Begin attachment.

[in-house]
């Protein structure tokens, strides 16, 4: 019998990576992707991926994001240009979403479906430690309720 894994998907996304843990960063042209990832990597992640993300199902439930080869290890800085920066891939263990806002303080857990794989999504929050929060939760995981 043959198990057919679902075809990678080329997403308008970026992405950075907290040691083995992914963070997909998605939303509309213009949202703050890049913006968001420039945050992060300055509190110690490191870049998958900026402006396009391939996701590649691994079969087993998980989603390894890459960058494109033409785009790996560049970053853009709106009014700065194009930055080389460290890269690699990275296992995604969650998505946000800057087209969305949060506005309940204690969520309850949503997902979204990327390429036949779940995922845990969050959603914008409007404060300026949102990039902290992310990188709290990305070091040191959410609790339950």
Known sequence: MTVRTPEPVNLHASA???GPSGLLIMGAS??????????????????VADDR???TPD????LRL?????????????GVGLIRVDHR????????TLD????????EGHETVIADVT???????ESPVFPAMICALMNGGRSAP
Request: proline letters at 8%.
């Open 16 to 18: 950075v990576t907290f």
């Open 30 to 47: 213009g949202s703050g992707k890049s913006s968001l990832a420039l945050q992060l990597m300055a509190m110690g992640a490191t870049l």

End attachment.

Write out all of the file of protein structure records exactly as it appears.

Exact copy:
[in-house]
């Protein structure tokens, strides 16, 4: 019998990576992707991926994001240009979403479906430690309720 894994998907996304843990960063042209990832990597992640993300199902439930080869290890800085920066891939263990806002303080857990794989999504929050929060939760995981 043959198990057919679902075809990678080329997403308008970026992405950075907290040691083995992914963070997909998605939303509309213009949202703050890049913006968001420039945050992060300055509190110690490191870049998958900026402006396009391939996701590649691994079969087993998980989603390894890459960058494109033409785009790996560049970053853009709106009014700065194009930055080389460290890269690699990275296992995604969650998505946000800057087209969305949060506005309940204690969520309850949503997902979204990327390429036949779940995922845990969050959603914008409007404060300026949102990039902290992310990188709290990305070091040191959410609790339950």
Known sequence: MTVRTPEPVNLHASA???GPSGLLIMGAS??????????????????VADDR???TPD????LRL?????????????GVGLIRVDHR????????TLD????????EGHETVIADVT???????ESPVFPAMICALMNGGRSAP
Request: proline letters at 8%.
């Open 16 to 18: 950075v990576t907290f």
């Open 30 to 47: 213009g949202s703050g992707k890049s913006s968001l990832a420039l945050q992060l990597m300055a509190m110690g992640a490191t870049l």